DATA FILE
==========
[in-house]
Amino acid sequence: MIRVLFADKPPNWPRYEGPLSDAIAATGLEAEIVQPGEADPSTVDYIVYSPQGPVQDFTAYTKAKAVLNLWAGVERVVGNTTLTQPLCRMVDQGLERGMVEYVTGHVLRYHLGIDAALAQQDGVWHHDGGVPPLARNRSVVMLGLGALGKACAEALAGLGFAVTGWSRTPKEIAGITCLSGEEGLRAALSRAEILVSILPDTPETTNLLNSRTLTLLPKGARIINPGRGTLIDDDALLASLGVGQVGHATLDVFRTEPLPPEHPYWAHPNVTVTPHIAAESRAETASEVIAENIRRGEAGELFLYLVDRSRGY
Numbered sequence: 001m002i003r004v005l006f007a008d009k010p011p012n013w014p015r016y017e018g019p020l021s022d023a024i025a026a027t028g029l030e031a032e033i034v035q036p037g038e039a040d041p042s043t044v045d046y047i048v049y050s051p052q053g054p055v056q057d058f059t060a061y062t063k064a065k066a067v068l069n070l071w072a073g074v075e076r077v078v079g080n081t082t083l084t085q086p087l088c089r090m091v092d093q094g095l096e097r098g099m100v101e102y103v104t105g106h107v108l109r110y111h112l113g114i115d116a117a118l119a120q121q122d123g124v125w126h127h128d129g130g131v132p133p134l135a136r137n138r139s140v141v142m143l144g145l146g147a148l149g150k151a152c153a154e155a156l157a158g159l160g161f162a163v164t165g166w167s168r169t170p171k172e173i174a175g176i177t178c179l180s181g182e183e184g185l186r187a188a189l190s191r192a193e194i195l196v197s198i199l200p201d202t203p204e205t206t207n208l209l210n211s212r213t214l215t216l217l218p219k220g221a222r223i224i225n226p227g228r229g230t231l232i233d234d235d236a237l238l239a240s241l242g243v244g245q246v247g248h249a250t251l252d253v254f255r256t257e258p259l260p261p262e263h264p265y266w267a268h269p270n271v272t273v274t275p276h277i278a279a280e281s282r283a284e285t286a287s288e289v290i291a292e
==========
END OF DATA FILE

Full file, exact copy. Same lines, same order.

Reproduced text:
[in-house]
Amino acid sequence: MIRVLFADKPPNWPRYEGPLSDAIAATGLEAEIVQPGEADPSTVDYIVYSPQGPVQDFTAYTKAKAVLNLWAGVERVVGNTTLTQPLCRMVDQGLERGMVEYVTGHVLRYHLGIDAALAQQDGVWHHDGGVPPLARNRSVVMLGLGALGKACAEALAGLGFAVTGWSRTPKEIAGITCLSGEEGLRAALSRAEILVSILPDTPETTNLLNSRTLTLLPKGARIINPGRGTLIDDDALLASLGVGQVGHATLDVFRTEPLPPEHPYWAHPNVTVTPHIAAESRAETASEVIAENIRRGEAGELFLYLVDRSRGY
Numbered sequence: 001m002i003r004v005l006f007a008d009k010p011p012n013w014p015r016y017e018g019p020l021s022d023a024i025a026a027t028g029l030e031a032e033i034v035q036p037g038e039a040d041p042s043t044v045d046y047i048v049y050s051p052q053g054p055v056q057d058f059t060a061y062t063k064a065k066a067v068l069n070l071w072a073g074v075e076r077v078v079g080n081t082t083l084t085q086p087l088c089r090m091v092d093q094g095l096e097r098g099m100v101e102y103v104t105g106h107v108l109r110y111h112l113g114i115d116a117a118l119a120q121q122d123g124v125w126h127h128d129g130g131v132p133p134l135a136r137n138r139s140v141v142m143l144g145l146g147a148l149g150k151a152c153a154e155a156l157a158g159l160g161f162a163v164t165g166w167s168r169t170p171k172e173i174a175g176i177t178c179l180s181g182e183e184g185l186r187a188a189l190s191r192a193e194i195l196v197s198i199l200p201d202t203p204e205t206t207n208l209l210n211s212r213t214l215t216l217l218p219k220g221a222r223i224i225n226p227g228r229g230t231l232i233d234d235d236a237l238l239a240s241l242g243v244g245q246v247g248h249a250t251l252d253v254f255r256t257e258p259l260p261p262e263h264p265y266w267a268h269p270n271v272t273v274t275p276h277i278a279a280e281s282r283a284e285t286a287s288e289v290i291a292e